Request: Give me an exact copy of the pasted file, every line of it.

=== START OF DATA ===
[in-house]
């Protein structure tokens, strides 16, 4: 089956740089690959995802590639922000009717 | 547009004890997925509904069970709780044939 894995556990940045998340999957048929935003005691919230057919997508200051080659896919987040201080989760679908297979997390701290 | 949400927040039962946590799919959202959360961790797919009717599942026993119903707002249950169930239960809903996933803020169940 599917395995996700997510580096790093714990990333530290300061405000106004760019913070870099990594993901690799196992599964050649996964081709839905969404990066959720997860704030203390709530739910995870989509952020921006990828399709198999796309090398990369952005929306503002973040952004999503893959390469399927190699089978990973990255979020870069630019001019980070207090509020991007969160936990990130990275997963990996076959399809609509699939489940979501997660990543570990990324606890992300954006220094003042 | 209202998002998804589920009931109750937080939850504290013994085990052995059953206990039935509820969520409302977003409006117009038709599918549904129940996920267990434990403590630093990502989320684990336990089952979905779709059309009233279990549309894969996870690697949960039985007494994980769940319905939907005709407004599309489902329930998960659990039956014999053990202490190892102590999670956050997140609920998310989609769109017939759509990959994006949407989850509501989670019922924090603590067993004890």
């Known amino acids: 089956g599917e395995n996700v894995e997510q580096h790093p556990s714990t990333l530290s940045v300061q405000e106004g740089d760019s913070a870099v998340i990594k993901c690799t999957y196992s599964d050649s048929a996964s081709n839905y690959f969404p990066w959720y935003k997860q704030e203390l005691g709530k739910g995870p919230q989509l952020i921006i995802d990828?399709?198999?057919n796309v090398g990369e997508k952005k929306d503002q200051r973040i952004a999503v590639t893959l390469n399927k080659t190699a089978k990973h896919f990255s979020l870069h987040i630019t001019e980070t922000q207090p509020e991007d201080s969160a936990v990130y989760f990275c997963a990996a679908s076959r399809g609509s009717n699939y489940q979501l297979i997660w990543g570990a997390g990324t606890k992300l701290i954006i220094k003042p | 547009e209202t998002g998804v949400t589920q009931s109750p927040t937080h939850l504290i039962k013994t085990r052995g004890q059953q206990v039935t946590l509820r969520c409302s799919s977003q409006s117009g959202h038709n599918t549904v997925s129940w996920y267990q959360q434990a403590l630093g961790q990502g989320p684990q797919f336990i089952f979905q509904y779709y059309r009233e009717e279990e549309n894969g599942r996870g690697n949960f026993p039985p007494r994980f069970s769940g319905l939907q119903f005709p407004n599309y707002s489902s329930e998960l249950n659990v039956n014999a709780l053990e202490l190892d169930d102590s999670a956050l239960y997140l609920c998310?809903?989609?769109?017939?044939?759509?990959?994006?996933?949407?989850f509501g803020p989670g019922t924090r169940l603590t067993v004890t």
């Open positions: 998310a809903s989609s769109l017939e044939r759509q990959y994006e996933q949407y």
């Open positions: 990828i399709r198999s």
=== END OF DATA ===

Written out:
[in-house]
């Protein structure tokens, strides 16, 4: 089956740089690959995802590639922000009717 | 547009004890997925509904069970709780044939 894995556990940045998340999957048929935003005691919230057919997508200051080659896919987040201080989760679908297979997390701290 | 949400927040039962946590799919959202959360961790797919009717599942026993119903707002249950169930239960809903996933803020169940 599917395995996700997510580096790093714990990333530290300061405000106004760019913070870099990594993901690799196992599964050649996964081709839905969404990066959720997860704030203390709530739910995870989509952020921006990828399709198999796309090398990369952005929306503002973040952004999503893959390469399927190699089978990973990255979020870069630019001019980070207090509020991007969160936990990130990275997963990996076959399809609509699939489940979501997660990543570990990324606890992300954006220094003042 | 209202998002998804589920009931109750937080939850504290013994085990052995059953206990039935509820969520409302977003409006117009038709599918549904129940996920267990434990403590630093990502989320684990336990089952979905779709059309009233279990549309894969996870690697949960039985007494994980769940319905939907005709407004599309489902329930998960659990039956014999053990202490190892102590999670956050997140609920998310989609769109017939759509990959994006949407989850509501989670019922924090603590067993004890």
């Known amino acids: 089956g599917e395995n996700v894995e997510q580096h790093p556990s714990t990333l530290s940045v300061q405000e106004g740089d760019s913070a870099v998340i990594k993901c690799t999957y196992s599964d050649s048929a996964s081709n839905y690959f969404p990066w959720y935003k997860q704030e203390l005691g709530k739910g995870p919230q989509l952020i921006i995802d990828?399709?198999?057919n796309v090398g990369e997508k952005k929306d503002q200051r973040i952004a999503v590639t893959l390469n399927k080659t190699a089978k990973h896919f990255s979020l870069h987040i630019t001019e980070t922000q207090p509020e991007d201080s969160a936990v990130y989760f990275c997963a990996a679908s076959r399809g609509s009717n699939y489940q979501l297979i997660w990543g570990a997390g990324t606890k992300l701290i954006i220094k003042p | 547009e209202t998002g998804v949400t589920q009931s109750p927040t937080h939850l504290i039962k013994t085990r052995g004890q059953q206990v039935t946590l509820r969520c409302s799919s977003q409006s117009g959202h038709n599918t549904v997925s129940w996920y267990q959360q434990a403590l630093g961790q990502g989320p684990q797919f336990i089952f979905q509904y779709y059309r009233e009717e279990e549309n894969g599942r996870g690697n949960f026993p039985p007494r994980f069970s769940g319905l939907q119903f005709p407004n599309y707002s489902s329930e998960l249950n659990v039956n014999a709780l053990e202490l190892d169930d102590s999670a956050l239960y997140l609920c998310?809903?989609?769109?017939?044939?759509?990959?994006?996933?949407?989850f509501g803020p989670g019922t924090r169940l603590t067993v004890t």
């Open positions: 998310a809903s989609s769109l017939e044939r759509q990959y994006e996933q949407y």
């Open positions: 990828i399709r198999s």